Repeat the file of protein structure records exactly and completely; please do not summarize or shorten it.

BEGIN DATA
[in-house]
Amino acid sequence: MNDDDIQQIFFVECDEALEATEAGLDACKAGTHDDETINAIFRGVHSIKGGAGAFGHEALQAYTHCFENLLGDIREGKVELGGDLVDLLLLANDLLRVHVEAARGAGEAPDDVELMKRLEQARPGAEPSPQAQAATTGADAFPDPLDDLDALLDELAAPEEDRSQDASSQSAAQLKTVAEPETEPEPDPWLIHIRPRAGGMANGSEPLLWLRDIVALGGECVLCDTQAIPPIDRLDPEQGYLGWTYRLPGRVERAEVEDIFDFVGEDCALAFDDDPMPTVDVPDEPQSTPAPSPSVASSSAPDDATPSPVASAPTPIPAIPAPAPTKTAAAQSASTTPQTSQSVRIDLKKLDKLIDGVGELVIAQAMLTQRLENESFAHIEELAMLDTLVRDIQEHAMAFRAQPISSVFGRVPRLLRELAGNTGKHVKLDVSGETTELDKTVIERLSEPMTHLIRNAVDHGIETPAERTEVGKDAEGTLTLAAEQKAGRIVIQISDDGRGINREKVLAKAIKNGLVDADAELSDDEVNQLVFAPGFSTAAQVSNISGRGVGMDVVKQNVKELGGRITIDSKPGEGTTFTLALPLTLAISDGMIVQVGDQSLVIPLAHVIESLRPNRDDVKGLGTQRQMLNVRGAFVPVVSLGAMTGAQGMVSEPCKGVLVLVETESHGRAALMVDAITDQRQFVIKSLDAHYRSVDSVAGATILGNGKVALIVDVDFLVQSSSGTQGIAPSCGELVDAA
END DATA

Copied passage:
[in-house]
Amino acid sequence: MNDDDIQQIFFVECDEALEATEAGLDACKAGTHDDETINAIFRGVHSIKGGAGAFGHEALQAYTHCFENLLGDIREGKVELGGDLVDLLLLANDLLRVHVEAARGAGEAPDDVELMKRLEQARPGAEPSPQAQAATTGADAFPDPLDDLDALLDELAAPEEDRSQDASSQSAAQLKTVAEPETEPEPDPWLIHIRPRAGGMANGSEPLLWLRDIVALGGECVLCDTQAIPPIDRLDPEQGYLGWTYRLPGRVERAEVEDIFDFVGEDCALAFDDDPMPTVDVPDEPQSTPAPSPSVASSSAPDDATPSPVASAPTPIPAIPAPAPTKTAAAQSASTTPQTSQSVRIDLKKLDKLIDGVGELVIAQAMLTQRLENESFAHIEELAMLDTLVRDIQEHAMAFRAQPISSVFGRVPRLLRELAGNTGKHVKLDVSGETTELDKTVIERLSEPMTHLIRNAVDHGIETPAERTEVGKDAEGTLTLAAEQKAGRIVIQISDDGRGINREKVLAKAIKNGLVDADAELSDDEVNQLVFAPGFSTAAQVSNISGRGVGMDVVKQNVKELGGRITIDSKPGEGTTFTLALPLTLAISDGMIVQVGDQSLVIPLAHVIESLRPNRDDVKGLGTQRQMLNVRGAFVPVVSLGAMTGAQGMVSEPCKGVLVLVETESHGRAALMVDAITDQRQFVIKSLDAHYRSVDSVAGATILGNGKVALIVDVDFLVQSSSGTQGIAPSCGELVDAA